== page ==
Electrifying: Kia EV6 is near-perfect blend of function and design

Why the new Kia EV6 goes straight to the top of our list as one of the easiest electric cars to live with

Kia EV6
(Image credit: kia.com)

The Kia EV6 arrives festooned with glory, held up as one of the very best EVs on the market. Just like its sister car, the Hyundai Ioniq 5 (opens in new tab), with which it shares its platform, it represents that relatively rare thing: a mainstream manufacturer stepping right out of its aesthetic comfort zone to make the most of new technology.

Kia EV6

(Image credit: kia.com)

We’ve heralded the Hyundai/Kia design renaissance (opens in new tab) many times, but the EV6 is a chance to experience it in the flesh. The EV6 has been born free of the expectations that come with following established niches like sedans, wagons, hatchbacks, and SUVs. Instead, it comes as a ‘crossover’, a sort of middle ground between all car body types that allows for the best of all worlds without committing to one particular form.

At around 4.7m long, it’s not the largest vehicle on the road, but it fills its entire footprint and therefore feels a bit larger than it actually is.

Kia EV6

(Image credit: kia.com)

Crossovers work especially well for EVs thanks to the lack of packaging restrictions; the ‘skateboard’-style battery and motor pack is effectively a blank slate upon which any body style can be added.

The long wheelbase and flat floor contribute to the car’s spacious, airy interior, yet Kia’s design team have managed to treat the exterior with a rarely found panache. In stark contrast to the sharp edges and creases of the Ioniq 5, the EV6 is a much more fluid design.

Kia electric vehicle from above

(Image credit: kia.com)

The front end is particularly accomplished, making the transition to a grille-free face that doesn’t look like a blanked-off version of a regular car, with a short, curvaceous bonnet leading to the passenger compartment. At the rear, the bodywork rises up to create a pinch point at the C-pillar, with the chrome detail at sill level swooping up before it hits the rear wheel and seamlessly integrated with the full-width rear light band. This in turn forms the ridge of the integral rear spoiler.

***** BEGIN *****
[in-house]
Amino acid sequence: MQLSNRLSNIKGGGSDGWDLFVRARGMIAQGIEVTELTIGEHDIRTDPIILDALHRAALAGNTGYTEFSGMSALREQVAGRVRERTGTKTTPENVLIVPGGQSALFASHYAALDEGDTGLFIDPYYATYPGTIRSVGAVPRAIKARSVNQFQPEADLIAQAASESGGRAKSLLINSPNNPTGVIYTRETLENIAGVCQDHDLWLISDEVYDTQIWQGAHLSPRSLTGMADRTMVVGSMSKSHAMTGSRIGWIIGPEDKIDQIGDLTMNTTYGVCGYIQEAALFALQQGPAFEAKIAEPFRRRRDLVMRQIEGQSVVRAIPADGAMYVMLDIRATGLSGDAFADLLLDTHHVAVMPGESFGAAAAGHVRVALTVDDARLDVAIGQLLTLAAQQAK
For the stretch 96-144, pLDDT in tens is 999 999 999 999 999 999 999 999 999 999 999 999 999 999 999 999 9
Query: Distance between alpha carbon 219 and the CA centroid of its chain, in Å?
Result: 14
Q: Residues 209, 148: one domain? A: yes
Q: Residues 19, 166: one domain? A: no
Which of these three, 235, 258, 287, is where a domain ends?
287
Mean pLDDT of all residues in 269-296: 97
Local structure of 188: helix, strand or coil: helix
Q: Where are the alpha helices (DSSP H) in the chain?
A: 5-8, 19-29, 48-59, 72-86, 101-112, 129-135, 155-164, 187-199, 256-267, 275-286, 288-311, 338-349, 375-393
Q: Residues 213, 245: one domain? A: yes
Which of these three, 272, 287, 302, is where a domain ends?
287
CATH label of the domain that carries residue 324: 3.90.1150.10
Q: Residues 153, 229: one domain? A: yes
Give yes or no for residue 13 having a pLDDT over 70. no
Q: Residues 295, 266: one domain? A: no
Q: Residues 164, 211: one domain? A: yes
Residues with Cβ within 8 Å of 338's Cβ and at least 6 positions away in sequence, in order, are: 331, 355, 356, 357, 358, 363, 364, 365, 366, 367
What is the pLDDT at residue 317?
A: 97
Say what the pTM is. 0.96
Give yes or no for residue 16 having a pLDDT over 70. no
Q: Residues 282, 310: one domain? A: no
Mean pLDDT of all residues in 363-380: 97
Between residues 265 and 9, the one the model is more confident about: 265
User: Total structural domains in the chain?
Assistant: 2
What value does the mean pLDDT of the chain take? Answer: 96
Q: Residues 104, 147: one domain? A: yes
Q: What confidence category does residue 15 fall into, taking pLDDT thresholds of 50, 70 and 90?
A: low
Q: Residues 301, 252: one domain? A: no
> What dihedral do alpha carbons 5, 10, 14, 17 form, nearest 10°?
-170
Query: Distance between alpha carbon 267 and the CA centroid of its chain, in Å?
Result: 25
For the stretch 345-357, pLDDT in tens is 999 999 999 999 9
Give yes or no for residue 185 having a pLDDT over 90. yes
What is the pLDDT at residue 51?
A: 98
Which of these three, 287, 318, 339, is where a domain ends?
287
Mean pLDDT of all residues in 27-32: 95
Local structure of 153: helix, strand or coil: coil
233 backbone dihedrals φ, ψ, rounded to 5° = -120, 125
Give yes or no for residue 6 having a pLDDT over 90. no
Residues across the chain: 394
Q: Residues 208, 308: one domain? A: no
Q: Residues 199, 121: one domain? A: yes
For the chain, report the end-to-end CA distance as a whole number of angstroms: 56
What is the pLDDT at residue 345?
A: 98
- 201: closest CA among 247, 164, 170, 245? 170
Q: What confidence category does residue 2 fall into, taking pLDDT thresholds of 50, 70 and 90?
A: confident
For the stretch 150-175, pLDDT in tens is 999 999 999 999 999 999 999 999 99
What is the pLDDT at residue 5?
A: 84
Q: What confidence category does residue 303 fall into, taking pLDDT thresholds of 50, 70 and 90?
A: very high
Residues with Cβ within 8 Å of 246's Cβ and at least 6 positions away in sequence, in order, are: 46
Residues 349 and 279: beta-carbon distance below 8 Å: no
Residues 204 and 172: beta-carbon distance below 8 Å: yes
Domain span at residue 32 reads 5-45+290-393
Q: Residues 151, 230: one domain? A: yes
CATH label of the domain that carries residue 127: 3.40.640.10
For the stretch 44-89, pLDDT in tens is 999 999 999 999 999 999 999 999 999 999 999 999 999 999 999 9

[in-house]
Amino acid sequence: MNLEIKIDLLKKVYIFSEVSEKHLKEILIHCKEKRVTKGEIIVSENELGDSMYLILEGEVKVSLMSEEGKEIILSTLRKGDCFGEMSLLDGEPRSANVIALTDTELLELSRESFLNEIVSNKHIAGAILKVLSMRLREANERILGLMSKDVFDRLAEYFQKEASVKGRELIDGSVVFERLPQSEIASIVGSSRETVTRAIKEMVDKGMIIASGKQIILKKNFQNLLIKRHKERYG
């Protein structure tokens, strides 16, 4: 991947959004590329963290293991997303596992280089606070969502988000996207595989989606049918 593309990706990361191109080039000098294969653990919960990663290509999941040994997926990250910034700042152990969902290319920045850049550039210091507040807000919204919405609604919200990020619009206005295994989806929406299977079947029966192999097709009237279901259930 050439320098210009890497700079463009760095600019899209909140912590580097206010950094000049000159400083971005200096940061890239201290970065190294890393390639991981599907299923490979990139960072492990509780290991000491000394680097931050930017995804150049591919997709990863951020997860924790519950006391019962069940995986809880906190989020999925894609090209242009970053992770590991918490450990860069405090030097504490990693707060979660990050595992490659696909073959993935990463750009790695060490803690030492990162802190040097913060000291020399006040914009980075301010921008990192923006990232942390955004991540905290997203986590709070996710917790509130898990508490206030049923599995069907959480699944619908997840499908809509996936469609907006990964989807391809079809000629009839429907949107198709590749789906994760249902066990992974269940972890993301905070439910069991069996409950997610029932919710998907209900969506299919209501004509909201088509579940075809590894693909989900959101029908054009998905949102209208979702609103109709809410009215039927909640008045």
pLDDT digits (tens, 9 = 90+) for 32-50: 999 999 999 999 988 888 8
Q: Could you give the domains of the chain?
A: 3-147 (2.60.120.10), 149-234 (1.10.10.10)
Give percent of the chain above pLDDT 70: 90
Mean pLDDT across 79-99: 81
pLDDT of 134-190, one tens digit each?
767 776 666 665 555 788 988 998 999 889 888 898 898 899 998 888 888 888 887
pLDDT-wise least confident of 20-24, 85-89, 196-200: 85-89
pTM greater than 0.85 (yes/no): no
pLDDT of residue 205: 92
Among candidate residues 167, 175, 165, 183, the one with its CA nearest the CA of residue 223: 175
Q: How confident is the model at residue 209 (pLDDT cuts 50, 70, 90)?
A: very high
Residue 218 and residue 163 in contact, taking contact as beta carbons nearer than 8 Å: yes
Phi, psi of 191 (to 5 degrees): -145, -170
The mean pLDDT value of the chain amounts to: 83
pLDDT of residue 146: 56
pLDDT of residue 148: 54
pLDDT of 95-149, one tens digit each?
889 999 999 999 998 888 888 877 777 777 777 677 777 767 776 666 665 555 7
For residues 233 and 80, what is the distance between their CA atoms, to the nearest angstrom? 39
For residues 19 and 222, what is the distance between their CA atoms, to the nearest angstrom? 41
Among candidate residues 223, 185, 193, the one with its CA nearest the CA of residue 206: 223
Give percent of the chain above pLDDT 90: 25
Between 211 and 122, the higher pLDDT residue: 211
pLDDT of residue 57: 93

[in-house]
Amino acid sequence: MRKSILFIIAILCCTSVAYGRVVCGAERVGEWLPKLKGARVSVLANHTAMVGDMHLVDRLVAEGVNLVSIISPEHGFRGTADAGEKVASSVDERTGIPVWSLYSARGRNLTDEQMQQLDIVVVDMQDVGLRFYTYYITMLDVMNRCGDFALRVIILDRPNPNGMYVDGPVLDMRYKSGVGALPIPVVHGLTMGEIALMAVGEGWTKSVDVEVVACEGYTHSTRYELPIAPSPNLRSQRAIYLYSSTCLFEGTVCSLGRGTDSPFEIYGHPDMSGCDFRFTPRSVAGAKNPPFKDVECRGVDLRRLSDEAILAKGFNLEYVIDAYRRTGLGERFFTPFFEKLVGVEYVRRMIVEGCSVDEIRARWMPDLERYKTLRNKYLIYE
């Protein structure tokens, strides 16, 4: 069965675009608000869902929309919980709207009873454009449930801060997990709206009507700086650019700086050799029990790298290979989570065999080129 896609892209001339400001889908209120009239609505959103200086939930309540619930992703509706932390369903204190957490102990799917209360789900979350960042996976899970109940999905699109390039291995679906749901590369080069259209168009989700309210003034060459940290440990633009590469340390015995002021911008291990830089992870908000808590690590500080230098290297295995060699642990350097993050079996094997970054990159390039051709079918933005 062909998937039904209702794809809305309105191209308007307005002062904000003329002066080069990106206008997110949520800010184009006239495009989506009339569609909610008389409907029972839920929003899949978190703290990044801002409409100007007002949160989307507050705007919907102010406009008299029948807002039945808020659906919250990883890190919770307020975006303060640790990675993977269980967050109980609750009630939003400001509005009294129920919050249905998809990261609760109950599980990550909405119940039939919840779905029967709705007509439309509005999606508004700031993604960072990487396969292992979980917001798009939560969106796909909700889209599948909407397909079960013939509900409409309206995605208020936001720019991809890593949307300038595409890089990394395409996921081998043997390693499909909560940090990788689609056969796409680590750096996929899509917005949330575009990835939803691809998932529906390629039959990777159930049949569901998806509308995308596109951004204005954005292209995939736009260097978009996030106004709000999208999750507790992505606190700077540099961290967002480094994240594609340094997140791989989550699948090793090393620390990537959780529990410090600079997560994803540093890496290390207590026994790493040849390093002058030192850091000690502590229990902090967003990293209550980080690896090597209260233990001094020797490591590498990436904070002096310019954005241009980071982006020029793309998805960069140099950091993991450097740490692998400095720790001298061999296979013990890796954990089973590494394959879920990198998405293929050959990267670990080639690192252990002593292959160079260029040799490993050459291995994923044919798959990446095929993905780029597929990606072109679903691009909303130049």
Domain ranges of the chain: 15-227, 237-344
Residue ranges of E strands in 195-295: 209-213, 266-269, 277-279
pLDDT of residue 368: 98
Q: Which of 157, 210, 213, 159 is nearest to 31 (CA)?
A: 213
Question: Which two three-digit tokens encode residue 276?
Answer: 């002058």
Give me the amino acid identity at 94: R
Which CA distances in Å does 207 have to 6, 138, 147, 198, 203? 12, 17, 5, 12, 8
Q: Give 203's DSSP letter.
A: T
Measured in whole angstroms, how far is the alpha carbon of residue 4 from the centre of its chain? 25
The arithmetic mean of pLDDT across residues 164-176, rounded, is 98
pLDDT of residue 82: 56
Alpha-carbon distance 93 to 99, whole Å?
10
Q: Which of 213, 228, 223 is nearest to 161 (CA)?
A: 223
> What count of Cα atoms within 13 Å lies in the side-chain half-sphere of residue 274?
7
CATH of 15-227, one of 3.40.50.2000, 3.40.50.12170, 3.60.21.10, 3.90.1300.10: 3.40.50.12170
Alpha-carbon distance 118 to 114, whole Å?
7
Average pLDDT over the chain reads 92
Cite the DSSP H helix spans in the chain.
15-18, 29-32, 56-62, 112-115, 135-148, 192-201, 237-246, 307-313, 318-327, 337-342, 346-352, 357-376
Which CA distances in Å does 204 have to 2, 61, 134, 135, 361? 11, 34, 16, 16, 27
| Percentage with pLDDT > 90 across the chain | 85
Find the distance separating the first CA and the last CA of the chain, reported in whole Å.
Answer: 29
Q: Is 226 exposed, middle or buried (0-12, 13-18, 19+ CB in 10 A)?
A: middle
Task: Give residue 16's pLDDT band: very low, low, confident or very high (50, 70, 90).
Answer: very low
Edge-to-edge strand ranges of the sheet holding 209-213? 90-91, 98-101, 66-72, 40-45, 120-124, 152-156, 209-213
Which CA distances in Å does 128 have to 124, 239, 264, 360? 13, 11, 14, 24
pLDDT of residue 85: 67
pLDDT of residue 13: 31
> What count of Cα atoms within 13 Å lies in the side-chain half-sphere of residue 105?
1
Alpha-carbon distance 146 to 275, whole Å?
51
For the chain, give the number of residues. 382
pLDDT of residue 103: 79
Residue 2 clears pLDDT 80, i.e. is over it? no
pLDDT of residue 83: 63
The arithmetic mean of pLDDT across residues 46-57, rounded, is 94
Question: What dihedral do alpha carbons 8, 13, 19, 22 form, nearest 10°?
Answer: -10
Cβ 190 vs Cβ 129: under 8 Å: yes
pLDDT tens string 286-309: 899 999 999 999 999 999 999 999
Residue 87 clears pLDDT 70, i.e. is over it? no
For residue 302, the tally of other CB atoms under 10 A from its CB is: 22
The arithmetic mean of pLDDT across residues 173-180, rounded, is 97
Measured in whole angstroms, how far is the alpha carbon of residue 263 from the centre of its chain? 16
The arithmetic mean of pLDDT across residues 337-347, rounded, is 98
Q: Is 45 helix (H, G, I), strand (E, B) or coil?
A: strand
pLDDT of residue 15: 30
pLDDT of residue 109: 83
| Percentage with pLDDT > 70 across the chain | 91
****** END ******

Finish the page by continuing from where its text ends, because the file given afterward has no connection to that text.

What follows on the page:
The overall effect is neat and considered, making the entire car a coherent, uncompromised design.

Kia electric car Interior

(Image credit: kia.com)

The EV6’s dashboard successfully combines avant-garde forms and straightforward functionalism. Mixing touchscreens with analogue controls is a now-familiar approach for many manufacturers, with steering wheel buttons doing much of the work without the driver’s having to lean over to reach the screen. A head-up display with augmented reality navigation arrows completes the package, giving the EV6 the same basic capabilities as the Mercedes EQS (opens in new tab), a car that is firmly placed in the luxury segment.

The EV6 is futuristic, but not far-fetched. A big rotary controller selects the gear, just like in many conventional automatics, and beyond the hushed rush of the electric powertrain, there’s nothing here to frighten off the dwindling number of electrophobes.

Electric car interior

(Image credit: kia.com)

Kia’s EV6 is a very complete package, but it’s the small details that make the biggest difference. One of these is the very accurate range display. Plenty of EVs don’t help their cause by offering over-optimistic predictions of how far you can travel on a single charge. Kia claims the most efficient EV6 model will do around 328 miles, and it’s fully compatible with the fastest charging systems. Anxiety still precludes us from pushing this to the limit, but it was gratifying to see the car be innately pessimistic, with miles stubbornly refusing to tick away. 

As with all electric vehicles, less is more, so switching off things like cabin heating and cooling can make a big difference. The EV6 lets you kill the heat with a single button, instantly offering a jump in available range. It also has adaptable levels of regenerative braking, allowing for easy one-pedal driving and the never-ending satisfaction of seeing your kinetic energy converted back into range. The EV6 is one of the most cohesive cars on the market, inside and out.

Recently awarded the European Car of the Year award, as well as the ‘Best of the Best’ prize in the 2022 Red Dot Design Awards, the Kia EV6 goes straight to the top of our list as one of the easiest electric cars to live with. If you still feel that EV ownership needs to come with a massive performance bonus, then a high-performance 585bhp GT variant is in the works.

Kia electric car interior

(Image credit: kia.com)

INFORMATION

Kia EV6, from £40,945, EV6 77.4kWh ‘GT-Line S’ AWD, from £52,845

kia.com (opens in new tab)

Jonathan Bell has written for Wallpaper* magazine since 1999, covering everything from architecture and transport design to books, tech and graphic design. He is now the magazine’s Transport and Technology Editor. Jonathan has written and edited 15 books, including Concept Car Design, 21st Century House, and The New Modern House. He is also the host of Wallpaper’s first podcast.